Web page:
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With Activity Declining, is a Threads Strategy Actually Worth It?
Meta’s Twitter competitor isn’t retaining half of its userbase. How can you know if Threads is right for your business?
Meta introduced arguably the first true Twitter competitor, Threads, early last month. The Instagram-connected app was promised to allow users to post their own 500-character microblogs, and the platform initially registered more than 100 million users. Many of these users were companies looking to expand their social media presence with what was looking to be the hottest new app in the increasingly competitive market.
However, it appears that the Threads platform has quickly become stagnant. According to Reuters, Meta CEO Mark Zuckerberg seemingly revealed in a company town hall that only around half of Threads users have continued using the platform. Although he referred to the drop-off as “normal,” it does raise some questions as to how businesses can market on the platform, if they should at all. Major brands such as Netflix have continued to post on Threads semi-regularly, but what about more niche companies or small businesses?
If you are debating whether or not you should have a Threads strategy, the decision could boil down to your industry and the strength of your pre-existing Instagram presence. Many brands with strong Instagram followings have achieved success on Threads due to the interconnectivity between the platforms. If your brand is more based around visual content, such as product demonstrations or enticing graphics, exploring the text-based content of Threads could be a great addition. This is especially true given how followers with the Threads app downloaded to their phones get notifications if the brands they follow on Instagram post on Threads.
So, what industries can this benefit? At the moment, it appears that beauty, wellness, and fashion are the ones having the most consistent success on the platform. Take the Threads page for Ulta Beauty, for example – while they post more infrequently than they do on Twitter or Instagram, what they post on Threads is a good mixture between relatable memes and marketing products that they sell in stores. The text-based posts correlate well with their visual content on Instagram, and they also get a consistent amount of engagement. The key, however, is in how they don’t overload their Threads feed with posts.
The same can be said for news sites and accounts, which have garnered high engagement despite Instagram CEO Adam Mosseri saying Threads wasn’t meant to be a political platform. Big online names in news, such as HuffPost senior editor Phil Lewis, have had consistently high engagement rates on their posts on major breaking events. Many online news publications have also had success on the platform, but not nearly as much as on other platforms – Reuters, for example, has over 523 thousand followers on Threads compared to a staggering 25.7 million followers on Twitter.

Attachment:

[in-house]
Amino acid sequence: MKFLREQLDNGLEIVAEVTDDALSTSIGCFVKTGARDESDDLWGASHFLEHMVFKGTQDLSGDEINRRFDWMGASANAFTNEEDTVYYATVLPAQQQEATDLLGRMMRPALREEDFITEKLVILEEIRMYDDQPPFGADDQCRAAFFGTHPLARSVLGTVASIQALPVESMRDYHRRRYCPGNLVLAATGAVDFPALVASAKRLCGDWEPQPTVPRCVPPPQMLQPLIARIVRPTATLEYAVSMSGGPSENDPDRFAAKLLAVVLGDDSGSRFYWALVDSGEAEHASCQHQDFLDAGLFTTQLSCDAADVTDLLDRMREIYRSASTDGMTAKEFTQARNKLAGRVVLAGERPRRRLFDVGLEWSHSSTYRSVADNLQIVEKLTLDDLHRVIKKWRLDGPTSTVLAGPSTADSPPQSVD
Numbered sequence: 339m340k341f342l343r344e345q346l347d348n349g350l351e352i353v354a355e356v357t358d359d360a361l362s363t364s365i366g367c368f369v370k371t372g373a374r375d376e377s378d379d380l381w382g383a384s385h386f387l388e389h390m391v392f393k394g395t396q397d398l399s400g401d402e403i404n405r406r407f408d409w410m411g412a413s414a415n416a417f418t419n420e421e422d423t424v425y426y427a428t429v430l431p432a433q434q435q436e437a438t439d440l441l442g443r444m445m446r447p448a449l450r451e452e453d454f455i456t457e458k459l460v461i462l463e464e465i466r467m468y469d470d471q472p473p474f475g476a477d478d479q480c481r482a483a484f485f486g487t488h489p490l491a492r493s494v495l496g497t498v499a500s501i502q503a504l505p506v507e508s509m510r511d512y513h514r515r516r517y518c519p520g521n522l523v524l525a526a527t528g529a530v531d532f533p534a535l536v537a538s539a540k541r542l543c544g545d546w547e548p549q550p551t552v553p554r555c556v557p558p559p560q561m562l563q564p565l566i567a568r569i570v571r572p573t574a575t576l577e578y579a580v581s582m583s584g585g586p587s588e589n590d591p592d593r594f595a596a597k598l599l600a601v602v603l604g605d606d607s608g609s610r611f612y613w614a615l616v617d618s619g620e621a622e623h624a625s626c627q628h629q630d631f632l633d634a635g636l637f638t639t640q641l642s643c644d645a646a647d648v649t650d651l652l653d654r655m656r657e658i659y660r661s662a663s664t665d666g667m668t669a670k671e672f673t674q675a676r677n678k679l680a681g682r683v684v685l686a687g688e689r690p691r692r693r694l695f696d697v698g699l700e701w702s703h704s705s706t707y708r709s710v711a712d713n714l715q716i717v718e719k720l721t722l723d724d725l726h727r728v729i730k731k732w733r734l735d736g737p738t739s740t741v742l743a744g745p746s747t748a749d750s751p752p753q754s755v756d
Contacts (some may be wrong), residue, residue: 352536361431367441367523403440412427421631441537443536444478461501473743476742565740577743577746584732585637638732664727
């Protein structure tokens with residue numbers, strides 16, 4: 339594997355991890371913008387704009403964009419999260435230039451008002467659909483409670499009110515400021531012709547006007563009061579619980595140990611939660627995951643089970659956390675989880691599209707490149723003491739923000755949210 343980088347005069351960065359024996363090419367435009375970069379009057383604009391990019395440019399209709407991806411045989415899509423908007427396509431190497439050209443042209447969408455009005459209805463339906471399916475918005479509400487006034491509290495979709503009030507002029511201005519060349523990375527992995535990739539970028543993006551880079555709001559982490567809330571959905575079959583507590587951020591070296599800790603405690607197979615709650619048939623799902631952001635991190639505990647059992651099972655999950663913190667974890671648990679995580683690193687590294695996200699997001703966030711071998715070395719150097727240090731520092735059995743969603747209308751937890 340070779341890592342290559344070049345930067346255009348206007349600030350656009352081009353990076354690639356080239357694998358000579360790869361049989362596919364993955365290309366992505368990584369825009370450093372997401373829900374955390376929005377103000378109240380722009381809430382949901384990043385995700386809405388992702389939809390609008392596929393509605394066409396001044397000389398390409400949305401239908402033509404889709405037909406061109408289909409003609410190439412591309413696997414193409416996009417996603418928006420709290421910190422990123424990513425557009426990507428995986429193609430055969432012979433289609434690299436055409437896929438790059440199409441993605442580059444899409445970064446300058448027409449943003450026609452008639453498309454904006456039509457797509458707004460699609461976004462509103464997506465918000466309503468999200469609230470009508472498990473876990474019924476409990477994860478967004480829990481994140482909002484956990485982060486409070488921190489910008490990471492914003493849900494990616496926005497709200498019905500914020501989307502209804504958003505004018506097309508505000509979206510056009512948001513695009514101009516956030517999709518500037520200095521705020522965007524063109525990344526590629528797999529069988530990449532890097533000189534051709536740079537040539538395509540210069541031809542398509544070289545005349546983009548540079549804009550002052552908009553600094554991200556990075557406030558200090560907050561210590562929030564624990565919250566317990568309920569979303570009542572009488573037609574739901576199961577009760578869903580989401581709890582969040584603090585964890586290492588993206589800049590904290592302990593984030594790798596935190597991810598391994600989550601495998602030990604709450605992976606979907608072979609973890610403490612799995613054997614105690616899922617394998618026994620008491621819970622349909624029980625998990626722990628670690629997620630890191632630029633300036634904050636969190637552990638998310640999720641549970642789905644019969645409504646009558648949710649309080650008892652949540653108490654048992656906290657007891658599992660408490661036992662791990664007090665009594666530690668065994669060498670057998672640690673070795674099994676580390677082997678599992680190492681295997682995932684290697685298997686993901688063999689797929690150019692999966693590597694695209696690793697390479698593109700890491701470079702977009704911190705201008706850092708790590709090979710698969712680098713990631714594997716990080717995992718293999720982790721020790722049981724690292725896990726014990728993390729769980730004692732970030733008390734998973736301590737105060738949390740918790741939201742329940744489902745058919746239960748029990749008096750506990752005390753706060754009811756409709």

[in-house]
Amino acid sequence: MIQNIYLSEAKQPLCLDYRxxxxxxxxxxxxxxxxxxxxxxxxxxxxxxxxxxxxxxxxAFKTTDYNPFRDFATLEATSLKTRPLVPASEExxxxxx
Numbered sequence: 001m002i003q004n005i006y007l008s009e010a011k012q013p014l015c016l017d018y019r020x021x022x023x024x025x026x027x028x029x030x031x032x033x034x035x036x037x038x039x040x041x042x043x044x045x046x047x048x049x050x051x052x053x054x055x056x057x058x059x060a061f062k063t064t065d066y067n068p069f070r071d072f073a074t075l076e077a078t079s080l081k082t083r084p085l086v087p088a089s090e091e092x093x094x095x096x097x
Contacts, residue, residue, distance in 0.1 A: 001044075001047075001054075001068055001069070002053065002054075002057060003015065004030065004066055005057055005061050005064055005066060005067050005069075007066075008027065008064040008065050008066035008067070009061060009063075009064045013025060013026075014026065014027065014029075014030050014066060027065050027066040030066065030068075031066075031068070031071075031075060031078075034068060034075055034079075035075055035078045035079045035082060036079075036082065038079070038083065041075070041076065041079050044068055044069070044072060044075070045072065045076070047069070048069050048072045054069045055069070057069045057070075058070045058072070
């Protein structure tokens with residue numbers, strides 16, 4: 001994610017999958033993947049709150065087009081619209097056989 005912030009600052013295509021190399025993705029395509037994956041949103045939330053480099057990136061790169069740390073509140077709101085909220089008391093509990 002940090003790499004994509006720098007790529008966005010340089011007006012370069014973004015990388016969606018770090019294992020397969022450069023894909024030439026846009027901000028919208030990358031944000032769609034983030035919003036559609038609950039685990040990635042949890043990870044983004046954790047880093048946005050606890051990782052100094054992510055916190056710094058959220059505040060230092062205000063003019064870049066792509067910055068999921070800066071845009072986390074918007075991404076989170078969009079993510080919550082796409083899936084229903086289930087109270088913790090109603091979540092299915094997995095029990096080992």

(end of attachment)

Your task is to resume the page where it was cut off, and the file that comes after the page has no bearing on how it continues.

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This brings up an important point. Threads is still in its very early stages of development, and there are expected to be numerous updates in the coming weeks aimed at increasing user retention. Because of this, it is too early to prove for certain whether a Threads strategy is right for your business. Sure, you can certainly test it out if your business has a strong Instagram following, but that is exactly what you should be doing right now: testing.
Take the aforementioned Ulta Beauty account, for example. While its posts are not the most consistently voiced as of yet, it is experimenting with memes and more generic content instead of directly selling products as it would on its Instagram page. Openly navigating these growing pains has resulted in an aura of relatability to many followers and customers, thus making the brand more approachable. This proves that testing new strategies out in the open instead of behind closed doors can actually be welcomed by your target audience. That is, of course, dependent on what exactly your target audience consists of.
Using Threads as an extension of Instagram, especially when it comes to user and customer engagement, is the best thing your business can do right now due to how new the platform still is. Make casual conversation, answer customer questions, and try to make your Threads page as complementary as possible to your Instagram. If it doesn’t provide the results you’re looking for, don’t rush to get rid of it just yet.